fattle farmer

Meet Kleinjan, the emerging farmer who became South Africa’s Cattle Farmer of the Year

Kleinjan Gasekoma is the first black farmer in South Africa to be named Cattle Farmer of the Year. He went from communal farmer to successful commercial farmer in just 13 years.

There is no shortage of success stories when it comes to emerging South African farmers making the difficult transition from communal farmer to commercial farmer – many such stories exist among the failed government projects and land reform projects. Kleinjan Gasekoma of Reivilo is one of those success stories.

Kleinjan Gasekoma
Kleinjan Gasekoma

Kleinjan, from the farms Bruintjiesfontein and Klein Quaggablatt, always wanted to farm. This farm worker’s son started looking for a farm while he was working in the parcel section at Pretoria railway station way back in 2001.

In 2003, Kleinjan and 25 other people started farming on the farm Nouvlakte near Amalia, under the government’s land redistribution for agricultural development (LRAD) programme. The government purchased the farm and settled the group there to start farming. “I would have preferred to farm on my own, because such a large number of people on one piece of land doesn’t work so well.”

In 2007 he applied to the government to acquire a farm and received permission to rent Bruintjiesfontein and Klein Quaggablatt, a total of 1233 ha.

Kleinjan and his wife, Mariam, moved to the farm on 28 October 2007, taking their commercial Bonsmara-type cattle from Amalia with them. Their oldest son, Clement, now farms with them.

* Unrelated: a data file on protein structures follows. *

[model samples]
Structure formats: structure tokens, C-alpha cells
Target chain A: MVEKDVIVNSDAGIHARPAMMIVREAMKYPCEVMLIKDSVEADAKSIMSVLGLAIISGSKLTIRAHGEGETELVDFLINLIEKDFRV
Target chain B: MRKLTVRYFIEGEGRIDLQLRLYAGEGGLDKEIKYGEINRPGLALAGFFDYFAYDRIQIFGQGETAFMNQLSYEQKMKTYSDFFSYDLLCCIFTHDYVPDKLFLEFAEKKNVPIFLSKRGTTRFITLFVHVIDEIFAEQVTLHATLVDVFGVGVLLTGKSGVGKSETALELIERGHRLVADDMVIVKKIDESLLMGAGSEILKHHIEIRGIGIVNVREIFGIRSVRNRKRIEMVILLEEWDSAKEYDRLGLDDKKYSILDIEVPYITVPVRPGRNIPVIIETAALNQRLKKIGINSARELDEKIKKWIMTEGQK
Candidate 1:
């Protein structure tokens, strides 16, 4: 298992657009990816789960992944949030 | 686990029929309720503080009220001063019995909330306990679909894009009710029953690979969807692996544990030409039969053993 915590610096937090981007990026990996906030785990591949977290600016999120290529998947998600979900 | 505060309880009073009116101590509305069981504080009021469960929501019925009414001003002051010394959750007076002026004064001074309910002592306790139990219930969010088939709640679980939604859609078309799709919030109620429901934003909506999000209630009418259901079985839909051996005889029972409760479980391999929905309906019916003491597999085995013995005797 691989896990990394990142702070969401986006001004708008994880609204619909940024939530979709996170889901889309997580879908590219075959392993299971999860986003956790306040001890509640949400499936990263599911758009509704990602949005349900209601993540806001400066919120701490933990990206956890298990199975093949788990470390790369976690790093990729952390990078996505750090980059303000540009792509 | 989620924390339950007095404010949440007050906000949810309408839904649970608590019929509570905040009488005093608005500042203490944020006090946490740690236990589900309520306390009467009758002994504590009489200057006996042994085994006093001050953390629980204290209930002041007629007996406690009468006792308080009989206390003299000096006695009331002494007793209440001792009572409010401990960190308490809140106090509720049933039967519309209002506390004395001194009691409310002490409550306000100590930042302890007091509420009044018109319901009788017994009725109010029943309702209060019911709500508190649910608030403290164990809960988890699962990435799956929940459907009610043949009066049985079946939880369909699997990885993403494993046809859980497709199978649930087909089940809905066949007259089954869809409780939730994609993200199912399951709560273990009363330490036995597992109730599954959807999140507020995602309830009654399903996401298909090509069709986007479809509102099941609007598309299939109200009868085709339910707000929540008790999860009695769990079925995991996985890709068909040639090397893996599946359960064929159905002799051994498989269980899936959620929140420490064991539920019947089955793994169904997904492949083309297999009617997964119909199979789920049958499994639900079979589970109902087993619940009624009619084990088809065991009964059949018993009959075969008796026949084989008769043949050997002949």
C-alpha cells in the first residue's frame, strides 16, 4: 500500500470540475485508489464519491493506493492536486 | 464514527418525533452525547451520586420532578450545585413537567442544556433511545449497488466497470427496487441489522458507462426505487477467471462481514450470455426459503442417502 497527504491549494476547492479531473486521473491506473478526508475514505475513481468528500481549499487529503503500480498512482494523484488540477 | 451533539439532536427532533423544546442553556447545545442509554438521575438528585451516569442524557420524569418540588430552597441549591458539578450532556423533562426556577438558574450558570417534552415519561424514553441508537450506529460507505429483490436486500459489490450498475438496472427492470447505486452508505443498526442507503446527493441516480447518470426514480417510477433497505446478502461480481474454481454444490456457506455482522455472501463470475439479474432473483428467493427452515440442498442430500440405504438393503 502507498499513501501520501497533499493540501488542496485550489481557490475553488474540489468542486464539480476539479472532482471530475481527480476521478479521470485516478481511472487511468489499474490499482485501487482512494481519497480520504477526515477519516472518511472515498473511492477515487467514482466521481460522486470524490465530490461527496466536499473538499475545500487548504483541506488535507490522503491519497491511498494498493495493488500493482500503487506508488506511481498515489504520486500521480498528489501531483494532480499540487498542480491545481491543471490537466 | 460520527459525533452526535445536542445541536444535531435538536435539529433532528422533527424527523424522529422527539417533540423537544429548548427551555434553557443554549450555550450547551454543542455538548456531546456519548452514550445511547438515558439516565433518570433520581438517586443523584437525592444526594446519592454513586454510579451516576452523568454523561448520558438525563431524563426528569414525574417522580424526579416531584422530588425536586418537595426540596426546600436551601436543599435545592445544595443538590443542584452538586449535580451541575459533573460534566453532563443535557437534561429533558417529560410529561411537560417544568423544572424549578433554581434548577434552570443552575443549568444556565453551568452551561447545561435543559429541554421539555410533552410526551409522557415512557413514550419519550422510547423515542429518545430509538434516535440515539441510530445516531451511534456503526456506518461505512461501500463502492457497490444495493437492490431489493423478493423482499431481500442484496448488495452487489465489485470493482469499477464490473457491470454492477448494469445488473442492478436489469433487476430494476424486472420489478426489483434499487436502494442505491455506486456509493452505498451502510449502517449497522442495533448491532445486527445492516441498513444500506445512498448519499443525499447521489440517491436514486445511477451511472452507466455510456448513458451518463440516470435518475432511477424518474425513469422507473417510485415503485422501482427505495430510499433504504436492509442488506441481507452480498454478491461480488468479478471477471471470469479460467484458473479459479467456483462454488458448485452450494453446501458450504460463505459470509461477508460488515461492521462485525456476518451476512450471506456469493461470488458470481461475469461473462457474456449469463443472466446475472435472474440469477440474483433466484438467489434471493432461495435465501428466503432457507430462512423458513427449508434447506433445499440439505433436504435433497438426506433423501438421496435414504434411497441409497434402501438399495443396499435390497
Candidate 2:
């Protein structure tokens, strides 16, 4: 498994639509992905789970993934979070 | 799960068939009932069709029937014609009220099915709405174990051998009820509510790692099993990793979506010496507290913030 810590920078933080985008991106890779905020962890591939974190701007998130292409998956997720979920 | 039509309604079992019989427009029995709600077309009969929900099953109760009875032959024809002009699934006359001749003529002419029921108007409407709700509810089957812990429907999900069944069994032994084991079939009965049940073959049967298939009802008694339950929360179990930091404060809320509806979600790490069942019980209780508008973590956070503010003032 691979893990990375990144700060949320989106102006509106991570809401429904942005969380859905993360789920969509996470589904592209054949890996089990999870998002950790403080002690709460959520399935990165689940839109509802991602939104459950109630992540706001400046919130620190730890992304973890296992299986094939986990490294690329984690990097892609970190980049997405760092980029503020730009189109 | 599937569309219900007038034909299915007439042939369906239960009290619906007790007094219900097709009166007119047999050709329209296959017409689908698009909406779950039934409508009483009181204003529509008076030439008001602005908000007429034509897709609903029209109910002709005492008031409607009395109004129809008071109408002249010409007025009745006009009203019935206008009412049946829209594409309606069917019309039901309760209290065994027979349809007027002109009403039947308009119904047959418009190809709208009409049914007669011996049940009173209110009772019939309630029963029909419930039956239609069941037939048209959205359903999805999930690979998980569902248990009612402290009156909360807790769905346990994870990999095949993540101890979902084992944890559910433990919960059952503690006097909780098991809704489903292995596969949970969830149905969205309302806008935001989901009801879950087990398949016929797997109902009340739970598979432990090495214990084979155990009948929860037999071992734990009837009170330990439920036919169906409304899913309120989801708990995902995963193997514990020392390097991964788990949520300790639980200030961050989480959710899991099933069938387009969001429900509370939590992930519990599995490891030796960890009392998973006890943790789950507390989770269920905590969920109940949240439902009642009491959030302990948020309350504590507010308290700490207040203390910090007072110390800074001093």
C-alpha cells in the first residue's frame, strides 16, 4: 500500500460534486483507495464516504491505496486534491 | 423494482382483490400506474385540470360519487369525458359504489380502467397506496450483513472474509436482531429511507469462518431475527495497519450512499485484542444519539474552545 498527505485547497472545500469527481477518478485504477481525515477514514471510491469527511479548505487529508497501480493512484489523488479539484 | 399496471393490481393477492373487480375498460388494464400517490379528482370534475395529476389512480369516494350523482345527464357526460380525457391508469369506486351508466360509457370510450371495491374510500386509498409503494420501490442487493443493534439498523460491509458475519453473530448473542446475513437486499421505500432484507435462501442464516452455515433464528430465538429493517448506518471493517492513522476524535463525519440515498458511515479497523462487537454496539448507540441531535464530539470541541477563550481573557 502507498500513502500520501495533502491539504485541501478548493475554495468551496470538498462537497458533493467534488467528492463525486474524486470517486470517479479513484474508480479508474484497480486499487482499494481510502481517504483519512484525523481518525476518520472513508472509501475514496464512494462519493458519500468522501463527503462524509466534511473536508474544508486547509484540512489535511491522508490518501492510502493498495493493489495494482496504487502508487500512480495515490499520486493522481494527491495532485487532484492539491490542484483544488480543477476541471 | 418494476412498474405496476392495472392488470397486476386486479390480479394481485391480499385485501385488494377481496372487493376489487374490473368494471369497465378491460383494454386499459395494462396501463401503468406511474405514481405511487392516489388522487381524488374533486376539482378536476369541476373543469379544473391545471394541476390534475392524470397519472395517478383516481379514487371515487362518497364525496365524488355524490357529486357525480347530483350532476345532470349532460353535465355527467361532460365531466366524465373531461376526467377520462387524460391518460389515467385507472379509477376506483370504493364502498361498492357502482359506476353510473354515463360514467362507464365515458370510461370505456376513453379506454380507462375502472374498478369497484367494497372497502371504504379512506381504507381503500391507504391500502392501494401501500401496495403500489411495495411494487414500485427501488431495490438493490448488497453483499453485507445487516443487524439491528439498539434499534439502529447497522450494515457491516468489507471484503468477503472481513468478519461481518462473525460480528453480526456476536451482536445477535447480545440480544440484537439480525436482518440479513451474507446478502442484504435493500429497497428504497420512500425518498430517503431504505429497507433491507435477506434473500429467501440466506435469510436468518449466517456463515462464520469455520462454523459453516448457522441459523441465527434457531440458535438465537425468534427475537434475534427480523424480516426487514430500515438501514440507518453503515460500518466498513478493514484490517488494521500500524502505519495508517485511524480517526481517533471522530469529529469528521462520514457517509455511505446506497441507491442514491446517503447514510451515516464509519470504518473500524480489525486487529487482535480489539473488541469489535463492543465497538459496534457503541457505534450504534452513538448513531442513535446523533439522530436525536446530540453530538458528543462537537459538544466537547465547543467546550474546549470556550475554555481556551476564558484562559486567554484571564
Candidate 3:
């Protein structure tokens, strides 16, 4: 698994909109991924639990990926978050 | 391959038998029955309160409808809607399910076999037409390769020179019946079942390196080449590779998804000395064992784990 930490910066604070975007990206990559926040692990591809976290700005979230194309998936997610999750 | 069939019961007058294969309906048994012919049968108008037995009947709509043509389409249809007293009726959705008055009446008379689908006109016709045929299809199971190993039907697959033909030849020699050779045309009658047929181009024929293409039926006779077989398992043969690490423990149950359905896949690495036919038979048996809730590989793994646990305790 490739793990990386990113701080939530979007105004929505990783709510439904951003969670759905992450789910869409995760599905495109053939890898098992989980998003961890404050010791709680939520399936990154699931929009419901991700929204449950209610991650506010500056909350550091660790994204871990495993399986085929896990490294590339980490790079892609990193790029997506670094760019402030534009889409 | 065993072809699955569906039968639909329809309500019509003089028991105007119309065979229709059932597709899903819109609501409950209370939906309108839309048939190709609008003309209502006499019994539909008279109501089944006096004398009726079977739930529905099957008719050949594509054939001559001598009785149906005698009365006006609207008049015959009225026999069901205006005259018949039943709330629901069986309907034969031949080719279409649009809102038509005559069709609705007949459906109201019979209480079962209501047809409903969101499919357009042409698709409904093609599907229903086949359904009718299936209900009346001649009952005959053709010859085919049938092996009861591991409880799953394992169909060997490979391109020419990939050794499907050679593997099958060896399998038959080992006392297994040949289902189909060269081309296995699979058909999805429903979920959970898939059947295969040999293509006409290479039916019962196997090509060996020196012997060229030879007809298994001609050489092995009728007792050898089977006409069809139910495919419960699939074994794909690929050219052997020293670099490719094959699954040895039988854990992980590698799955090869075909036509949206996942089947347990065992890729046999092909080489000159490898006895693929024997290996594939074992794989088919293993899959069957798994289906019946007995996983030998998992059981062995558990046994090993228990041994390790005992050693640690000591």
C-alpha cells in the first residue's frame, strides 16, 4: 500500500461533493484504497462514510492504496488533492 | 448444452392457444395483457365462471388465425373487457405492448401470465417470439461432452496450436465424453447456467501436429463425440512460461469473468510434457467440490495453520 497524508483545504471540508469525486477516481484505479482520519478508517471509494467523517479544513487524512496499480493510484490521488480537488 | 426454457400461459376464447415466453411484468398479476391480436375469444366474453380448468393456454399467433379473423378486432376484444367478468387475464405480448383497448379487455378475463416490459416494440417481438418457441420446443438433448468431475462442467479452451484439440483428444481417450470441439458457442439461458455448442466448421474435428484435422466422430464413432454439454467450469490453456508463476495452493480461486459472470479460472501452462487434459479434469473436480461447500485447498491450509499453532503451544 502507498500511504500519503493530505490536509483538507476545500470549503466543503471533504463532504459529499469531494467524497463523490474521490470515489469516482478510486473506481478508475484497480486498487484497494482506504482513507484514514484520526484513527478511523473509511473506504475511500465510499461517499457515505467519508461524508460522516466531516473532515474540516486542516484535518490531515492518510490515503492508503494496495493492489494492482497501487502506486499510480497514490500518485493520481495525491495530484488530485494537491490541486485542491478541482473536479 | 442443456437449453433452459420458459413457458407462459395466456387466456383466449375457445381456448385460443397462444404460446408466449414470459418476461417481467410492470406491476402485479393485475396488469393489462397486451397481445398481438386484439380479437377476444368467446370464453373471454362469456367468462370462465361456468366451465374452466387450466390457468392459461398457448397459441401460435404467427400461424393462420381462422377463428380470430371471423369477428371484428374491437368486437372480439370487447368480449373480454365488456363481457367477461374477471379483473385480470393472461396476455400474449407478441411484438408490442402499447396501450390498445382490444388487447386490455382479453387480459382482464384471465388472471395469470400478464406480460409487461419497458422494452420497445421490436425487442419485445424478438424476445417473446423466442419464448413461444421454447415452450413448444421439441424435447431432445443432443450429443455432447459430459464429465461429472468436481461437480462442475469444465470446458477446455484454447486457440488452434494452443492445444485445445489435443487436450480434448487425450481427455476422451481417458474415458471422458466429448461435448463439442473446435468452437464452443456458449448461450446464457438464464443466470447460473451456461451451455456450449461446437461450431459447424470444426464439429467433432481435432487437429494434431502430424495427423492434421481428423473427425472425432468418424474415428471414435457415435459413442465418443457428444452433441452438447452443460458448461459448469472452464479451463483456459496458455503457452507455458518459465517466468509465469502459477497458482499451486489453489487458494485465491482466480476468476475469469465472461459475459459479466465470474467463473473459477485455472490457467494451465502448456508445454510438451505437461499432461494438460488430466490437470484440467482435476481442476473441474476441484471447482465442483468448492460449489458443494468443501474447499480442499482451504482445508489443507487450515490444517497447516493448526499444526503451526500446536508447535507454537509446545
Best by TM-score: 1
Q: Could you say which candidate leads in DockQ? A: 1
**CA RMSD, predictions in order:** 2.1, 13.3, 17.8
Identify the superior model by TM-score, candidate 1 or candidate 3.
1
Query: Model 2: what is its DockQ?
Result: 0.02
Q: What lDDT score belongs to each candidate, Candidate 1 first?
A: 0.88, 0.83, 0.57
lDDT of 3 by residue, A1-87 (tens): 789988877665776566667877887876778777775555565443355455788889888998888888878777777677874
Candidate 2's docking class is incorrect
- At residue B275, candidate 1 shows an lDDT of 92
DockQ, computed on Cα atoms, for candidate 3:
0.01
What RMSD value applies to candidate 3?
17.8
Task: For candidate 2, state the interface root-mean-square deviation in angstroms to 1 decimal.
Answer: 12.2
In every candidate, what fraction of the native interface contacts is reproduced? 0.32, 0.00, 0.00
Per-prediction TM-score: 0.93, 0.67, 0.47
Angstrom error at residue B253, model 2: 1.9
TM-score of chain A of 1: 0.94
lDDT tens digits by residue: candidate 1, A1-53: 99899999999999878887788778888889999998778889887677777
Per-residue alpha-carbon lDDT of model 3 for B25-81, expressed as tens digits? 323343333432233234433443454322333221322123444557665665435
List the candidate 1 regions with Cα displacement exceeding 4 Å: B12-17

Kleinjan already had a good herd of cattle, but in 2006 he received a stud and a heifer from the Braunvieh Breeders’ Association as a gift. “I was very impressed with the bull and its offspring and this encouraged me to become a Braunvieh breeder,” he says.

“I became eligible for the government’s recapitalisation programme and they assigned a mentor to me. After much frustration and very little progress, it became obvious I needed to get a different mentor. I saw Cois Harman’s name on the list of available mentors and insisted that he help me,” says Kleinjan.

cattle farmer
Cois Harman, Kleinjan’s mentor.

With further government aid and the help of Cois he bought more registered Braunvieh cattle from various breeders. He also farms with Boer Goats. Game such as eland, springbok, gemsbok, impala, red hartebeest, and other small animals are also to be found on the farm. “We decided to allow the game to breed before opening our land up for hunting in winter.”


His Braunvieh stud herd consists of about 100 cattle and the commercial herd of a further 100 animals. Kleinjan expands the herds by keeping the best heifers. After the calving season, he keeps the bulls with the various herds of females from 1 December to the end of March.

Calves are weaned in April and May to give the cows the best chances of surviving the winter. Kleinjan makes use of four stud bulls, two for the 60 commercial cows, while the primary stud bull covers his 30 Braunvieh stud cows. A stud bull with a proven record of producing smaller calves is put with the commercial heifers during the mating season.

Income comes primarily from the sale of weaners, which are sold at Vleissentraal auctions in Reivilo.

Last year one of his bull calves was included for the first time in a Phase C test at the Armoedsvlakte experimental farm near Vryburg.

“My ideal bull and cow should have attributes such as rapid growth, good musculature, adaptability and a quiet temperament,” he says.


The majority of the farm consists of natural sweetveld grazing. There are about 2 ha of arable land where he would like to establish grazing under irrigation. The farm has a good borehole.

The sweetveld provides excellent grazing throughout the year. It consists mainly of red-, bristle- and couch grass. Even during the droughts over the past couple of years, Kleinjan has had enough grazing for his animals. This is due to the fact that his land is never overgrazed and the recommended grazing capacity of 12 ha/LSU is managed sensibly. He rotates the camps during the rainy season.